Roger Lewis are a family-owned business based in Wiltshire who design and manufacture sofas for the likes of Heals, Conran and John Lewis as well as a whole host of smaller, independent retailers and designers.

At first glance, there’s nothing wrong with the RL site. It’s smart, it’s clean, professional and certainly not embarrassing. But, RL design some really iconic sofas, including the mistral, which has been a Heals bestseller for the past eight years. This site doesn’t give you the impression that here’s a dynamic design-led business that’ll create you something iconic.

And so, just as I’m suggesting you do, we started by working through the brief. Looking closely at what they wanted to be known for and how they wanted to come across. We agreed on a positioning of Creators of Iconic Private Label Sofas – which already gives you some clues as to which season the brand should be.

creating a brief

The words came from the brief and already you can start to see that the website doesn’t reflect how we wanted the business to come across. The current website is very summer and we needed something that was a strong, dynamic winter.

dynamic winter

These mood boards show you my vision for how I wanted the brand to look and feel: clean, crisp, exciting and also timeless. This wasn’t the place for whimsy: this is a solid business with big intentions and a strong track record and so we needed a brand identity that would be long lasting.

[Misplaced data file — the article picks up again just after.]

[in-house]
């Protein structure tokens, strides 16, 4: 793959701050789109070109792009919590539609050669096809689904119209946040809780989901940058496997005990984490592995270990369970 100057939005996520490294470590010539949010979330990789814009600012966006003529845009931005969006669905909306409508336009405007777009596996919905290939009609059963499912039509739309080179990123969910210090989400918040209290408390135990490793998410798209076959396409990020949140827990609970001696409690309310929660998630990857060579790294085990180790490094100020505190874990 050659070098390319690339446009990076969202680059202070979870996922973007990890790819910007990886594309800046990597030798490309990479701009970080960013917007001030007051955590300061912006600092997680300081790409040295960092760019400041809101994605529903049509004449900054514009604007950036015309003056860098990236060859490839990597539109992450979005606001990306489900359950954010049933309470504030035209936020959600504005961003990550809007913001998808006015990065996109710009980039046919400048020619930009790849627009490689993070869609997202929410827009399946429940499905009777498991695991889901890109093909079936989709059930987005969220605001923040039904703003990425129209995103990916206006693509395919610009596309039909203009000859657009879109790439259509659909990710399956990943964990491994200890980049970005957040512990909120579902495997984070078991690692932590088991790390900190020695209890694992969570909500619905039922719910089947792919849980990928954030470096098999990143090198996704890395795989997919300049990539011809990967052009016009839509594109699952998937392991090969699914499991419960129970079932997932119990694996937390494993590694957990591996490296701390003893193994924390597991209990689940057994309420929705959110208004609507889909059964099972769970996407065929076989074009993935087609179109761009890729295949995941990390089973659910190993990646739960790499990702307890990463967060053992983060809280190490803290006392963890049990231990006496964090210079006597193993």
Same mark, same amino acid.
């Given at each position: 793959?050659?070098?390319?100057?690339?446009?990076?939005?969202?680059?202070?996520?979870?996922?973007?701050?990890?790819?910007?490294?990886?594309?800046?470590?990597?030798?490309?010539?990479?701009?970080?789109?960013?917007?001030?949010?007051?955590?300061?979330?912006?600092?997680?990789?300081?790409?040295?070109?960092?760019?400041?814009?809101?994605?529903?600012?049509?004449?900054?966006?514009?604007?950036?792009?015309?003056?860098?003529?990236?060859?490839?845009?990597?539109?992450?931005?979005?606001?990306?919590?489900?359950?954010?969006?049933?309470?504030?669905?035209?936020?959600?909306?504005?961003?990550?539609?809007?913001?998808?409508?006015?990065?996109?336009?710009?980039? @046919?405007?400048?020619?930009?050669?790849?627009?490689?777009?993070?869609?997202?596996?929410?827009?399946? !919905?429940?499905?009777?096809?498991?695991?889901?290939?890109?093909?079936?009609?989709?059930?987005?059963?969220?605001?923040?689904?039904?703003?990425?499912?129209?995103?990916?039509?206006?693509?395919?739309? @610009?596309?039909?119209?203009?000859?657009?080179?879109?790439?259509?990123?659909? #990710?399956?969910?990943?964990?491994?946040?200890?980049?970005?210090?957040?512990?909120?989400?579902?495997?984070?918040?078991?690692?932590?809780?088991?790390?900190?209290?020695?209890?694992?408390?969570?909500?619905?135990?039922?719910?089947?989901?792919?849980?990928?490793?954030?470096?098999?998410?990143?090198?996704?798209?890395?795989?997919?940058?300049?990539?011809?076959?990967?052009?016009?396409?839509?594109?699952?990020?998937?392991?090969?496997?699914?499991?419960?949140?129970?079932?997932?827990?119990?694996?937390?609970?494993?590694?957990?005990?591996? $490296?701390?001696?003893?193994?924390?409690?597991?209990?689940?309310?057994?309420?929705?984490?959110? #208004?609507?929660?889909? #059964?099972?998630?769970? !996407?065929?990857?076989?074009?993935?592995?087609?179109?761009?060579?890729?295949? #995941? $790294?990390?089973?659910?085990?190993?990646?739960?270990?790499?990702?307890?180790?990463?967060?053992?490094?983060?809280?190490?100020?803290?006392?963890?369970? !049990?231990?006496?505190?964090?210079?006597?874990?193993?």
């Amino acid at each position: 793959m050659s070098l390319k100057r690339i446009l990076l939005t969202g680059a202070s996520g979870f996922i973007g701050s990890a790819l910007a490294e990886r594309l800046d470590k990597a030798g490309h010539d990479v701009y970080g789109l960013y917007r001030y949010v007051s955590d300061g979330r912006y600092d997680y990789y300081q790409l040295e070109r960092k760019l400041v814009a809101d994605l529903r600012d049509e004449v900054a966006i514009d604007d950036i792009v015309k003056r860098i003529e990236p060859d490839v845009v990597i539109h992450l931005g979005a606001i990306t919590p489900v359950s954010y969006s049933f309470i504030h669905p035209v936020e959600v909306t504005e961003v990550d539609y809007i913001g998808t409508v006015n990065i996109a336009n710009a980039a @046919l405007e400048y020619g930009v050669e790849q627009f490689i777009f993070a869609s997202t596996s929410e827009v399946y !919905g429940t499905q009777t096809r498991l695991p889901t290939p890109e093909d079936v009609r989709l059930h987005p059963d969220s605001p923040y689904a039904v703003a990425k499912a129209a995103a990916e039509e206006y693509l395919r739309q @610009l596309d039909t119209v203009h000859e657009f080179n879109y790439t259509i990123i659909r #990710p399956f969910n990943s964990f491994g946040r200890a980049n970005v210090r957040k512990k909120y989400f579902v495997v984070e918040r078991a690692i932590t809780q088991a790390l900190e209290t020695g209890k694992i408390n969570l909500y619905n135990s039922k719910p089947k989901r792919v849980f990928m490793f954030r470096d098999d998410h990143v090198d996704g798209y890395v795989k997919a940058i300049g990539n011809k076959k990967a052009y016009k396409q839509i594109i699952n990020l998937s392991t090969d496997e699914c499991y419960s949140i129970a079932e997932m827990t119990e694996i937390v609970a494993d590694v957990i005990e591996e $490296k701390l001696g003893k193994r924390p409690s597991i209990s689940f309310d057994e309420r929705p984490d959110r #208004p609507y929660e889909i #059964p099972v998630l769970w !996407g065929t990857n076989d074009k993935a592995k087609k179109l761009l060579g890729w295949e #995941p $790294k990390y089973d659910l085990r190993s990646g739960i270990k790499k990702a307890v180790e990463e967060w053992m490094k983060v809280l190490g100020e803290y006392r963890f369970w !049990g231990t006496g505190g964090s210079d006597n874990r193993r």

Roger Lewis new

We talked to a range of designers who we felt could deliver the style of work we were looking for and picked one based in the states who have just blown us away with their professionalism and efficiency.

Roger Lewis private label sofas

Here’s the finished brand identity. The website is still a work in progress but I’m so exctied about getting it all live! We finally have the makings of a brand identity that’s going to open doors for RL. They’re going to win business because of this brand: because it’ll help people see in an instant what sort of a business they are and what they’re capable of.

 

Roger Lewis brand identity

So the key learnings for styling your brand well are: define your intention. Take the time to work out what you want to be known for, what makes you different and how you want to come across. And make objective decisions based on that information, rather than your own personal likes – colour psychology makes that considerably easier.

You’ll find plenty more on colour psychology  on my blog and of course in my new book How to Style Your Brand.

Spring… summer…autumn…winter…which season will you be going for..? Share below in the comments.

Fiona Humberstone is a Hiscox business insurance customer. To find out about business insurance you might need, visit the Hiscox Business Insurance page on our website.

How to style your brand Part 1: The absolute essentials

How to style your brand Part 2: Finding your focus

How to style your brand Part 4: Creating a compelling vision

How to style your brand Part 5: Reviewing creative work